Research: MELZER and SALLER,

Listed in Issue 142

Abstract

MELZER and SALLER, Institut fur Naturheilkunde, Depart. fur Innere Medizin, Universitatspital Zurich, Ramistrasse 100, 1091 Zurich, Switzerland, joerg.melzer@usz.ch, have thought about how complementary therapies view human beings.

Background

Practitioners and users of naturopathic therapies claim that one of the assumptions underlying their work is a holistic understanding of the human organism. The aim of this study was to investigate whether one specific such understanding of human beings exists in present-day society, and what this might mean.

Methodology

Database and literature research was performed of the use and meaning of the term “view of man”, and the results were analyzed descriptively.

Results

The term “view of man” (German: Menschenbild) is neither timeless nor related to a specific subject area. Its meaning is connected with the state of knowledge of the respective epoch as well as its reception in science and society. The discourse concerning the term “view of man” in the 2nd half of the 20th century in German literature shows a shift towards a pluralistic understanding of man. This pluralistic view exists in medicine as well. On the one hand, conventional medicine, under the influence of the reductionism of natural science, has widened its worldview due to the input of different disciplines such as psychosomatics, psychotherapy or social medicine, towards a more complex perception of man. On the other hand, traditional European Naturopathy, too, claims to consider aspects of the “body-mind-soul-unity” in its understanding of man. Clinical experience with the authors’ patients reveals aspects characteristic of today’s pluralistic naturopathic understanding of man that could also be useful for conventional medicine. The recognition of patients’ expectations, participation in the therapy planning and Naturopathic modes of therapy (e.g. start of therapy at healthy parts of the body) are examples of such concepts.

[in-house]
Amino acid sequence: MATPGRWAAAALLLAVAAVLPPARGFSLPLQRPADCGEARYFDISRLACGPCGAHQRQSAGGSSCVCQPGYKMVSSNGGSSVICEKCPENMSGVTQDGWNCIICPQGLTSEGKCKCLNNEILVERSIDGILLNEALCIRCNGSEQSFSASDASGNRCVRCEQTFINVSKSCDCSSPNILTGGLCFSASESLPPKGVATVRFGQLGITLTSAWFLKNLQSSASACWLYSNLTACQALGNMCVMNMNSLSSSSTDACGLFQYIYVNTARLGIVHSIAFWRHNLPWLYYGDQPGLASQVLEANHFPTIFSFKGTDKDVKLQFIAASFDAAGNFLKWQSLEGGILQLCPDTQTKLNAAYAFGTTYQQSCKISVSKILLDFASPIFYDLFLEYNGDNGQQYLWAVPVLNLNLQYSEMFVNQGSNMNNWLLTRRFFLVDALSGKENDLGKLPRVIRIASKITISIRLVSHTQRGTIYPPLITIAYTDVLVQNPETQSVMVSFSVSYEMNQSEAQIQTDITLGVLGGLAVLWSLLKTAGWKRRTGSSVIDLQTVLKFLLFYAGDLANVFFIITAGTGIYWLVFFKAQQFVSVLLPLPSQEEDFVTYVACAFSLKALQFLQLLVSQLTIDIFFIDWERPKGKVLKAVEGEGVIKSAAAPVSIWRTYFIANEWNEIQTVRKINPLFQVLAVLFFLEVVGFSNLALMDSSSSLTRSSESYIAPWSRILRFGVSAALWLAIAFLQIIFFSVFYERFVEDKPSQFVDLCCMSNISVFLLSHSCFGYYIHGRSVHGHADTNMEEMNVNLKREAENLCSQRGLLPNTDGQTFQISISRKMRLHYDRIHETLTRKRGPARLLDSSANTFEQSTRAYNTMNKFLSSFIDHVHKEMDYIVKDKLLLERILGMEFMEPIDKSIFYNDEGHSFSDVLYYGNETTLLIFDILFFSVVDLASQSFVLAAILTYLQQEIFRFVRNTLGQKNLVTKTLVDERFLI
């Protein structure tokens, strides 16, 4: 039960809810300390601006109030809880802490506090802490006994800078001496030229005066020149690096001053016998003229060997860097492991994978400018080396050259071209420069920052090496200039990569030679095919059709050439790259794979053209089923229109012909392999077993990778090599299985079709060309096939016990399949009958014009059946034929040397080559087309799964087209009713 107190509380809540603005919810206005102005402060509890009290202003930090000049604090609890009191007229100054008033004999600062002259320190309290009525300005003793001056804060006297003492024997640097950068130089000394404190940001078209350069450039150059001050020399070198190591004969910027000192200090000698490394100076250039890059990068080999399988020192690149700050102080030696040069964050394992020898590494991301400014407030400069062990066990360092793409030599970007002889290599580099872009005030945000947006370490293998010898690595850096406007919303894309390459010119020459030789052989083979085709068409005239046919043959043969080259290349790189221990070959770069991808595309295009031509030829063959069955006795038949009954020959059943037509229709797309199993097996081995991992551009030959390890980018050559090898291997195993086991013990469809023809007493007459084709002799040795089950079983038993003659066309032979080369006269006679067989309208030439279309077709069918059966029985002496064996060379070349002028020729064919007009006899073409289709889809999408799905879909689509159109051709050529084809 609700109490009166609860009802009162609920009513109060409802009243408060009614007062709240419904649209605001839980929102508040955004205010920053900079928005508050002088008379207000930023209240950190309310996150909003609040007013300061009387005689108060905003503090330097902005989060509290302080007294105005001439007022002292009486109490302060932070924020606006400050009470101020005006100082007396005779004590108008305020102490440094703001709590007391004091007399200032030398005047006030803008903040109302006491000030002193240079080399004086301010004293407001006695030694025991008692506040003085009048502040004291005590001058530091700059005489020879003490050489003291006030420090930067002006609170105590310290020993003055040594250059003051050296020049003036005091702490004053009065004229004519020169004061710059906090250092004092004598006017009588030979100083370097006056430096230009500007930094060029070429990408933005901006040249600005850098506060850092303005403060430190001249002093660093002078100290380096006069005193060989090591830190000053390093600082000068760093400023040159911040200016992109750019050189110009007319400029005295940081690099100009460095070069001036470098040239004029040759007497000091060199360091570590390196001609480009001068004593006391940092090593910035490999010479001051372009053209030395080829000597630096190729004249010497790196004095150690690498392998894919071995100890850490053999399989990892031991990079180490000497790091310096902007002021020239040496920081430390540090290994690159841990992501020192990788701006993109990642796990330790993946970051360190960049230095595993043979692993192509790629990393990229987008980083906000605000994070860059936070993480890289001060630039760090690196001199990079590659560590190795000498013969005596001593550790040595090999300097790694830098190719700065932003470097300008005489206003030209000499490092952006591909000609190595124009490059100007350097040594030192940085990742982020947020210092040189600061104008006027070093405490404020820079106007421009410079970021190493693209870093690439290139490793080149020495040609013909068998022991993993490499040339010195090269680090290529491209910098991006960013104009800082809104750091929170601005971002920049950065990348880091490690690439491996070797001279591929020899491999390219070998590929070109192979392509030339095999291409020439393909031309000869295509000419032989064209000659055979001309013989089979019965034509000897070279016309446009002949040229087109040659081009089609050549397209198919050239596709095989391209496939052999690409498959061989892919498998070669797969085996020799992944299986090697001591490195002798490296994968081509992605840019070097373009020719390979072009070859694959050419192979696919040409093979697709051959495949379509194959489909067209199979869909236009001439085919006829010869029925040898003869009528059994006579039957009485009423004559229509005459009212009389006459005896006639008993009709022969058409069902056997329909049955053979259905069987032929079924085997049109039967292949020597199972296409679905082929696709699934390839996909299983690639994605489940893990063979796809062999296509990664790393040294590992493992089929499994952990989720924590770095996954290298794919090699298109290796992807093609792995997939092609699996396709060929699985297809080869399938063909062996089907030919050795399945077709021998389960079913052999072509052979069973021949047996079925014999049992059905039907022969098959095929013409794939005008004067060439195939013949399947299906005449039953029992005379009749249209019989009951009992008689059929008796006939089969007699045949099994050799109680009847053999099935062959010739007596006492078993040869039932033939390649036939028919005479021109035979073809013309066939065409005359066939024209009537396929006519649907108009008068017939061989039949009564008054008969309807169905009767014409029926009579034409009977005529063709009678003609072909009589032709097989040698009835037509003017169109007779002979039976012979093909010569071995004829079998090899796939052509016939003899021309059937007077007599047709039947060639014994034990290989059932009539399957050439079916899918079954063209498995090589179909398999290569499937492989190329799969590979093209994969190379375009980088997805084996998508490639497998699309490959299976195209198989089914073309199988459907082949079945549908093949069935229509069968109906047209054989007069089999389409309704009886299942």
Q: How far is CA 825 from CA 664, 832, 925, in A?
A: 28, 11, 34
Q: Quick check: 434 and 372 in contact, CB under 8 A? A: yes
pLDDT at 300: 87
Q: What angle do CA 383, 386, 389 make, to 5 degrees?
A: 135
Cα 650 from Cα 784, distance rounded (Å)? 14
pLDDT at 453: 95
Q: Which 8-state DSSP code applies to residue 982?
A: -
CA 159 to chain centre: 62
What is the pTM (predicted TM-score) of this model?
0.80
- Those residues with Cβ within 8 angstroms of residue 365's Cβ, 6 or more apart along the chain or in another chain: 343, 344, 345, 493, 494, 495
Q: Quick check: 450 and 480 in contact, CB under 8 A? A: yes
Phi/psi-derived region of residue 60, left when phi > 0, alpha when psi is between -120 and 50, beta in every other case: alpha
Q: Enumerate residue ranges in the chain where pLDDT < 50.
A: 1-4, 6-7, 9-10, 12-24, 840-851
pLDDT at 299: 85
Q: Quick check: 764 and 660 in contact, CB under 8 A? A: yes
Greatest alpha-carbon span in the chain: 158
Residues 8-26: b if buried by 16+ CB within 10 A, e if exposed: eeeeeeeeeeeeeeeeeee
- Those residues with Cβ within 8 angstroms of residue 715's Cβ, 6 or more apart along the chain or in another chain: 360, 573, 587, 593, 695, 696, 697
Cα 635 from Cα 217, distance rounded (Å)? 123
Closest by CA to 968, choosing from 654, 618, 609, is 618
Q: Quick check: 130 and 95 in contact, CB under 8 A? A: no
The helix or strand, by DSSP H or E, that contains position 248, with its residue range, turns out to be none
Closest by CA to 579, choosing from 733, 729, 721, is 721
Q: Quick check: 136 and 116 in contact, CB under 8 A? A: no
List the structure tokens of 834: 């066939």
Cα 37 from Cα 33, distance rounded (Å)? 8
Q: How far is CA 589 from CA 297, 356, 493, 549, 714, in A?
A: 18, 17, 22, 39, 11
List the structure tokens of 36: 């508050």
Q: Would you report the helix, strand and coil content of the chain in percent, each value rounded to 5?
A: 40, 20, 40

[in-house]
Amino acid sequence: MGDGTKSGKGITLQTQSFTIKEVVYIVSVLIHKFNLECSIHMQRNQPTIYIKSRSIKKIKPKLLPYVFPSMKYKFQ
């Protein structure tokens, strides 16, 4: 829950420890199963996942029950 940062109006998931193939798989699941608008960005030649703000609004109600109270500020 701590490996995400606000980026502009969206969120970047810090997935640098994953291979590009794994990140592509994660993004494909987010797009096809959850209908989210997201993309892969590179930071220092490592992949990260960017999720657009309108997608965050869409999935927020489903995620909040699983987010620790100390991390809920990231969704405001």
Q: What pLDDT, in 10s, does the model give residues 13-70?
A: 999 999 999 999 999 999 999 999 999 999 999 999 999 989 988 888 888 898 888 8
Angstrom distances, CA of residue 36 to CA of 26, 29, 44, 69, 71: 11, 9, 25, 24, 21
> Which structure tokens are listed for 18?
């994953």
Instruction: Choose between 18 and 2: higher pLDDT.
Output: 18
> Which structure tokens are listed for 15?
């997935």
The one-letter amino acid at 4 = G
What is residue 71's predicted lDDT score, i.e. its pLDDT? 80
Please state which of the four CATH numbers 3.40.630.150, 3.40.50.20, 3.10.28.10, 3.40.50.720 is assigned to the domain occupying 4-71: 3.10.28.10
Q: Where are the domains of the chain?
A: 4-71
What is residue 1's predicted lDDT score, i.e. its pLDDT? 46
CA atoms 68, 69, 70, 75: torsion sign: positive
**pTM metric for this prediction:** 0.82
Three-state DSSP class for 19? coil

Conclusion

There are various different understandings of human organisms which originate from multiple subjective and socio-cultural perspectives of patients and therapists, and which require openness on both sides and communication about health, illness and therapeutic settings.

References

Melzer J, Saller R. Does there exist one specific “view of man” in naturopathy / complementary medicine? Forschende Komplementärmedizin 13 (4): 210-219, Aug 2006.

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